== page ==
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The China Opportunity Is a Game Changer for Tesla Motors Inc.

Despite recent squabbles with various state auto dealer associations, the U.S. remains by far the top market for luxury electric-car maker Tesla Motors Inc. (NASDAQ: TSLA  ) . However, there have been plenty of warning signs in the last six months or so that U.S. demand for the Model S sedan has peaked.

Any diversification of sales would be a good thing for Tesla at this point. Fortunately, China is poised to come to the rescue. Tesla delivered its first Model S sedans in China last month, and it is positioned for massive growth there in the next few years.

Tesla delivered its first Model S sedan in China last month. Photo: Tesla Motors

In fact, China is likely to overtake the U.S. as Tesla's largest market by the end of the decade -- or sooner! Tesla will be just a few years behind other major global automakers, like General Motors (NYSE: GM  ) , that are seeing sales volumes in China overtake sales in their home markets.

Support from the government
There are two key forces that should propel Tesla's growth in China. The first is smog. Smog has become a very serious public health problem in Beijing and many other urban areas in China. As a result, the Chinese government is very interested in promoting electric-vehicle technology.

Some local governments are also hopping on the electric-vehicle bandwagon. In Shanghai, where license plates can cost more than $10,000 in public auctions -- due to strict limits designed to alleviate congestion -- the local government is giving free license plates to Tesla Model S buyers. This creates great value for Tesla customers at no cost to the company.

Tesla's radical pricing move
The second (and even bigger) driver of Tesla's growth in China is its "fair" price policy. Other automakers put massive markups on luxury cars sold in China. For example, General Motors sells its Cadillac XTS full-size sedan for an MSRP starting at just $44,600 in the U.S. By contrast, the starting price for an XTS sedan is more than $80,000 in China.

GM's Cadillac XTS costs almost twice as much in China as in the U.S. Photo: General Motors

GM is just following general industry practice with this pricing scheme. However, Tesla decided to break the mold by selling the Model S in China at a price where it would earn the same margin as it would for a U.S. sale -- increasing the price only enough to compensate for customs duties, taxes, and transit costs.

The result, according to Tesla (link opens a PDF), is that "in China the Model S is priced comparable to a mid-sized premium vehicle, instead of a large luxury vehicle." Considering all of the other benefits of having an electric car, this should allow Tesla to capture a higher proportion of the luxury market in China than it has in the U.S. Most importantly, China is the top luxury car market in the world.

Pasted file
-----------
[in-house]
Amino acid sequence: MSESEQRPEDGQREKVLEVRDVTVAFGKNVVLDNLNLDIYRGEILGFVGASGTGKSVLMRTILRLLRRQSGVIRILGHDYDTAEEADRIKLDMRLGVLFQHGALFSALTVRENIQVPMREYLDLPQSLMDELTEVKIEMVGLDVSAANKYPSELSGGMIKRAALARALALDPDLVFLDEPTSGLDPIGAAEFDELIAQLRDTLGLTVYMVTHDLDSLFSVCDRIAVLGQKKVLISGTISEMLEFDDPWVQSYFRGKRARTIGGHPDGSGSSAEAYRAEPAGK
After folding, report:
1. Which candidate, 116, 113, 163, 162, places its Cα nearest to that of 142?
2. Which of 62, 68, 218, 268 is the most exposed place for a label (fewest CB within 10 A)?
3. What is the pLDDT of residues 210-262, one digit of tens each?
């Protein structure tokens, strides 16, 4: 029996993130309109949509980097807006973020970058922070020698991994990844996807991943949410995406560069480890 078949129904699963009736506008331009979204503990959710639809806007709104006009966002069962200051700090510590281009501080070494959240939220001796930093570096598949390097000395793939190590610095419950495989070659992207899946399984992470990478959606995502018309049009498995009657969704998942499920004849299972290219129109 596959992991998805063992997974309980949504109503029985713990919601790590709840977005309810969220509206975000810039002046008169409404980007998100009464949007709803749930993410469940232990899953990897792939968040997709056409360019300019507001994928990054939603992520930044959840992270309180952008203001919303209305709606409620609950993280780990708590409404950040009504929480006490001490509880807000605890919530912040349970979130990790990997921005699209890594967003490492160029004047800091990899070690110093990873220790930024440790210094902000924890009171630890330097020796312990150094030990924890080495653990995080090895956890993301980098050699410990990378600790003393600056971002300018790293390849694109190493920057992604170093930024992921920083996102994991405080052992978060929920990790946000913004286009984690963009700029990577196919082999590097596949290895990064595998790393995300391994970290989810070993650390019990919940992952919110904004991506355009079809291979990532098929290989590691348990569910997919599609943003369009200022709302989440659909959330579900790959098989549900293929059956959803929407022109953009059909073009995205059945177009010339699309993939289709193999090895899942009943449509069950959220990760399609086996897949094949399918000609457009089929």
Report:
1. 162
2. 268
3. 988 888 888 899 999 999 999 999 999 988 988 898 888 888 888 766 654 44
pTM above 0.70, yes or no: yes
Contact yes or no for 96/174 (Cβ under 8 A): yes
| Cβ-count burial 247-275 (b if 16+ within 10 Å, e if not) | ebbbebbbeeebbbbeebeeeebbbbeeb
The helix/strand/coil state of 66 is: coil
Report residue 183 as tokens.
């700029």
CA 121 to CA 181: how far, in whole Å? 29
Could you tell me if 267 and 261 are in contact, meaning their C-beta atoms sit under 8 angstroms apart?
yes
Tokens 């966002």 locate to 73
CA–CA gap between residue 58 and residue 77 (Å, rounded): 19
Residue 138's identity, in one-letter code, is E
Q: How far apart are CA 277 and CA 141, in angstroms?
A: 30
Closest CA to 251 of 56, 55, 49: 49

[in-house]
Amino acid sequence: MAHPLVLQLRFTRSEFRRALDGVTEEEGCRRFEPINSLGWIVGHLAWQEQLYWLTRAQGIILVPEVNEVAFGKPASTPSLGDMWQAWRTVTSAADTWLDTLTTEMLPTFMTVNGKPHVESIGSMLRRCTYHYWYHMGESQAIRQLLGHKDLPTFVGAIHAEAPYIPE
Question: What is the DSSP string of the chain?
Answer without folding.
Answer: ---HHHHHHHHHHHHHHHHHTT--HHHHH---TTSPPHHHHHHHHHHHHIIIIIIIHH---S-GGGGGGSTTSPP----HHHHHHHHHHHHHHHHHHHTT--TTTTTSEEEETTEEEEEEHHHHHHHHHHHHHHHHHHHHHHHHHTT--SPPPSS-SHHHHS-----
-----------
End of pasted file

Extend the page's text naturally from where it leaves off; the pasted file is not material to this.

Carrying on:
Getting there
According to Tesla executives, the company has already seen strong initial demand for the Model S in China. In fact, on the company's recent conference call, Tesla CEO and founder Elon Musk told analysts that if the company tried to fully meet Chinese demand for the Model S this year, it would starve the rest of the world. (In other words, there would be hardly any Teslas left for customers in other countries.)

Tesla needs to build a big Supercharger network in China to boost sales. Photo: Tesla Motors

Still, for Tesla to reach its full potential in China, it will need to vastly expand its infrastructure there -- which is exactly what it's doing. On several occasions recently, Musk has stated that he is urging the Tesla China group to spend money as fast as possible without wasting it. This primarily entails creating a broad network of Supercharger facilities and service centers.

Foolish final thoughts
There is obviously no guarantee that Tesla will be able to follow through on its potential in the Chinese market. However, the government's push for more clean vehicle technology and Tesla's lower markups in China compared to other luxury automakers create an enormous amount of growth potential for Tesla in China.

Between Tesla's likely growth in China, the arrival next year of its Model X crossover (which fits well with the growing popularity of crossovers and SUVs in China), and the potential for a mass-market vehicle later in the decade, Tesla has plenty of growth catalysts ahead. If Tesla stock continues to pull back this year, it will be worth a look for long-term investors.

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Read/Post Comments (13) | Recommend This Article (3)

Comments from our Foolish Readers

Help us keep this a respectfully Foolish area! This is a place for our readers to discuss, debate, and learn more about the Foolish investing topic you read about above. Help us keep it clean and safe. If you believe a comment is abusive or otherwise violates our Fool's Rules, please report it via the Report this Comment Report this Comment icon found on every comment.

  • Report this Comment On May 17, 2014, at 4:14 PM, Ustauber wrote:


  • Report this Comment On May 17, 2014, at 6:39 PM, drax7 wrote: